By Nick Shook
Beacon Journal copy editor
Read full column on Ohio.com
We must be prudent with our judgment of the Miami Dolphins.
I was very high on the Dolphins’ potential heading into this season, but under Joe Philbin’s watch, they limped through the first four weeks. Enter interim coach Dan Campbell, and they have reeled off two wins in a row, scoring 82 points in the process.
But the New England Patriots await on Thursday.
This game could very well go one of two ways. Either a rejuvenated Dolphins team plays up to its competition and we get somewhat of a shootout, or the surge of energy under Campbell fizzles upon arriving in Foxborough, Mass., and the Patriots dominate all phases of the game in a blowout win.
I want to be excited. But with arguably the best team in the league next up on the schedule for the Dolphins, I can’t — yet.
Lamar Miller, running back, Miami Dolphins (owned in 97.1 percent of ESPN leagues)
Weeks ago, I told you to cut Miller, because his production was downright abysmal. But after the Great Campbell Renaissance, it’s time to take another flier while you still can.
I mean, why not? Miller has 288 yards on 33 attempts in the past two games combined (8.73 yards per carry), a stark contrast to his first four games, in which he amassed more than 50 yards just once. He’s scored three total touchdowns (two rushing, one receiving) in that stretch. Let me be the last to tell you that those numbers are worth some points.
It also appears as though I was one of the few souls on earth who cut ties with Miller during the reign of Philbin. I guess everyone has more fortitude than me.
Yes, the Dolphins faced a cupcake Tennessee Titans defense and a lethargic, wildly underwhelming Houston Texans unit. Hence the concerned introduction above. The next month (at Patriots, Buffalo Bills and Philadelphia Eagles and home against the Dallas Cowboys) is not attractive for the offense. But maybe, just maybe, the hot streak continues, and you suddenly have a galloping fountain of points named Lamar.
Alfred Blue, running back, Houston Texans (owned in 18.8 percent of ESPN leagues)
Blue didn’t do much as the starter when Arian Foster missed the first fourth of the season. After Sunday’s torn Achilles, Foster is again relegated to the bench, this time for the season. That makes Blue someone you should be racing to pick up — IF you had Foster in your lineup.
Otherwise, the Texans are a toxic wasteland of a football team. Their starting quarterback missed the team flight to Miami, their defense is playing with hearts smaller than the Grinch before he stole Christmas, and their coach is getting rather snappy with the local media. There isn’t much to like in Houston.
But if you had Foster, or you’re desperately in need of a running back, Blue is your guy. Just don’t expect all that much from him.
You can also consider adding James Starks (owned in 45.4 percent of ESPN leagues) here, although Eddie Lacy has a better chance of returning healthier after the Packers’ bye week.
Jordan Reed, tight end, Washington Redskins (owned in 41.7 percent of ESPN leagues)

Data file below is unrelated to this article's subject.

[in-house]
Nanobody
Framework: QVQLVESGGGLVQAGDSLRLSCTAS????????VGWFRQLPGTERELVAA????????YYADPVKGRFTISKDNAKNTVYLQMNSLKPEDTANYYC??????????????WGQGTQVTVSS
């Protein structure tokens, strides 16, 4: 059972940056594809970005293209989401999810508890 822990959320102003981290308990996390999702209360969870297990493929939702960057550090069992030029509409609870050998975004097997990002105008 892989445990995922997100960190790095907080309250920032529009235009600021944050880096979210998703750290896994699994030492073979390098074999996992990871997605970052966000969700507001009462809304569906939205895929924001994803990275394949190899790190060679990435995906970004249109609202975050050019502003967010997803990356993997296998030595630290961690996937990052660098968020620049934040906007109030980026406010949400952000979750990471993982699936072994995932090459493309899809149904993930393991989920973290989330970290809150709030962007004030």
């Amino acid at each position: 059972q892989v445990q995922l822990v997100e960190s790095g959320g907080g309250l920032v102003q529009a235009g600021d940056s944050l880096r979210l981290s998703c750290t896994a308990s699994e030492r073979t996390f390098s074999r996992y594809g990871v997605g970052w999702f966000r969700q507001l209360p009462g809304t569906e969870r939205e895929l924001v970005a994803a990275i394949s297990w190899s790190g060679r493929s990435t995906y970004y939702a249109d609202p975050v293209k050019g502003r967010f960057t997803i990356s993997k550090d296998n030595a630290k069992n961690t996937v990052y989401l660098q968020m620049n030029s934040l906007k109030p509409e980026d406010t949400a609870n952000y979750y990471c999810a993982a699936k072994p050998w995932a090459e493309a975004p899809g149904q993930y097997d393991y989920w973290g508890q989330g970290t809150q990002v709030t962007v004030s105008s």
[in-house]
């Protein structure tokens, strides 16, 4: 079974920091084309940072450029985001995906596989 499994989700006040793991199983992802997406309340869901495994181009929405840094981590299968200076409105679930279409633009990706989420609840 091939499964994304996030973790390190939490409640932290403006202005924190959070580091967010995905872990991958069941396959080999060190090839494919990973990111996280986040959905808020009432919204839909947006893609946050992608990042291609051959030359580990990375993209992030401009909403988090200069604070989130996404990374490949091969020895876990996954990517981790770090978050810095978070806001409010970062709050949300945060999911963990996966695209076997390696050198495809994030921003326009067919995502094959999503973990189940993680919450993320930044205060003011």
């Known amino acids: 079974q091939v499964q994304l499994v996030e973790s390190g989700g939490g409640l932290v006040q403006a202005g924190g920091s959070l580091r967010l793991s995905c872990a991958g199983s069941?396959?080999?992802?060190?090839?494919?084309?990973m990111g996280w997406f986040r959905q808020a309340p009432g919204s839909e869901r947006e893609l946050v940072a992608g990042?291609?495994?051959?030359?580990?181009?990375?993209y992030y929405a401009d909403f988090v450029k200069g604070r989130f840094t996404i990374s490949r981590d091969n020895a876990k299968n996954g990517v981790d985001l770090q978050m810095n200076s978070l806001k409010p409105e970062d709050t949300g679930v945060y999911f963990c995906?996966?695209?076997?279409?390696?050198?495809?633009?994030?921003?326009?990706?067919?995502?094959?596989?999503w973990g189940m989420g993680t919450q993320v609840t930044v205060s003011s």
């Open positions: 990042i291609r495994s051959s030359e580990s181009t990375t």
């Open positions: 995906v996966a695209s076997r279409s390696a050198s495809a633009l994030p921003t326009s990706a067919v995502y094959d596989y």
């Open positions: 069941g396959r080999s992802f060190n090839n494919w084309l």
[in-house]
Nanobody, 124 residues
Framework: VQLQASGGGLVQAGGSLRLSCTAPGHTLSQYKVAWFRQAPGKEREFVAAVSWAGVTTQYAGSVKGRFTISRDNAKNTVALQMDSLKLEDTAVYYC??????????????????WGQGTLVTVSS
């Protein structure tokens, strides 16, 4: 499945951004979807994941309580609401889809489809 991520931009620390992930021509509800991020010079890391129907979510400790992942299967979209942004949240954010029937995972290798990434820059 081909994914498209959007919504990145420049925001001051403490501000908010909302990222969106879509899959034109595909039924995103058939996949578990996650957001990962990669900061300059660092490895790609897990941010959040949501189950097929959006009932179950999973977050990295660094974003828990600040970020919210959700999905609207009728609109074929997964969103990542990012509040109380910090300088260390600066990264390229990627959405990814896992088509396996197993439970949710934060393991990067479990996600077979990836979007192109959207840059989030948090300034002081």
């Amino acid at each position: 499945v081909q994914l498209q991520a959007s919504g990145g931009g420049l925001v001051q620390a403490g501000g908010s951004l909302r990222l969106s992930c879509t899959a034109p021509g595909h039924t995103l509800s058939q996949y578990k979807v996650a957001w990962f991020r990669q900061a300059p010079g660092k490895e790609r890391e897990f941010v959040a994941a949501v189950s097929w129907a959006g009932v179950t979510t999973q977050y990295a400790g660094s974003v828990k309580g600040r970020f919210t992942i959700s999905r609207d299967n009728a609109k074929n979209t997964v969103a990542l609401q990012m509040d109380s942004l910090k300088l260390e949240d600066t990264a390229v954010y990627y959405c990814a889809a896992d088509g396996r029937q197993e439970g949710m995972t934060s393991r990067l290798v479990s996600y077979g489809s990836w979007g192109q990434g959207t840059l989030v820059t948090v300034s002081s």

Don’t look now, but the Redskins are right in the thick of the NFC East.
After completing the largest comeback in franchise history (24 points against the Tampa Bay Buccaneers on Sunday), the emerging hero was Kirk Cousins, with his postgame outburst of passion serving as the cherry on top. But it was Reed who was a direct beneficiary of Cousins’ choice in targets on Sunday, catching 11 of 13 targets for 72 yards and two touchdowns, including the game winner in the final minute.
Reed was injured early on, removing him from the general consciousness of fantasy football owners. But his physical gifts and the threat he poses to opposing defenses cannot be overlooked.
In five games, Cousins has targeted Reed 47 times, connecting for 35 completions to the 6-foot-2, 237-pound tight end and a total of 350 yards and three touchdowns. Though two of those came Sunday, it’s an encouraging sign and makes him a viable option at tight end in all leagues.
He’s generating nearly 10 targets and averaging 70 yards per game. Sunday’s win could be a catalyst, a turning point. Though the Redskins next face the Patriots after their bye week, Reed is a guy you should stash on your team for long-term needs.
Arian Foster, running back, Houston Texans
Torn Achilles. Done for the season. See above for solution.
Alfred Morris, running back, Washington Redskins
On the flip side of the historic Cousins-led comeback is the sheer absence of Alfred Morris, and it’s not just limited to Sunday. The guy hasn’t topped eight points since Week 1. His role continues to be reduced — he’s averaged 9.6 carries per game from Week 3 on — and he’s also fighting a losing battle for carries in what’s suddenly a backfield crowded by mediocrity, with only a sliver of hope in Matt Jones.
Morris is on a couple of my fantasy teams, and he’s been a complete dud. Poor draft positions led me to him, and with little else available on the wire (my competition is savvy), I’ve been forced to play Morris, and watch my team slog along.
I know what’s going to happen, though. I’ll tell you to drop Morris, and he’ll somehow rush for 150 yards against the Patriots in Week 9, when the Redskins play next. But I don’t even care if I’m wrong. I’m done with Morris, and maybe you should be, too.
Follow Nick Shook on Twitter @TheNickShook and contact him at firstname.lastname@example.org.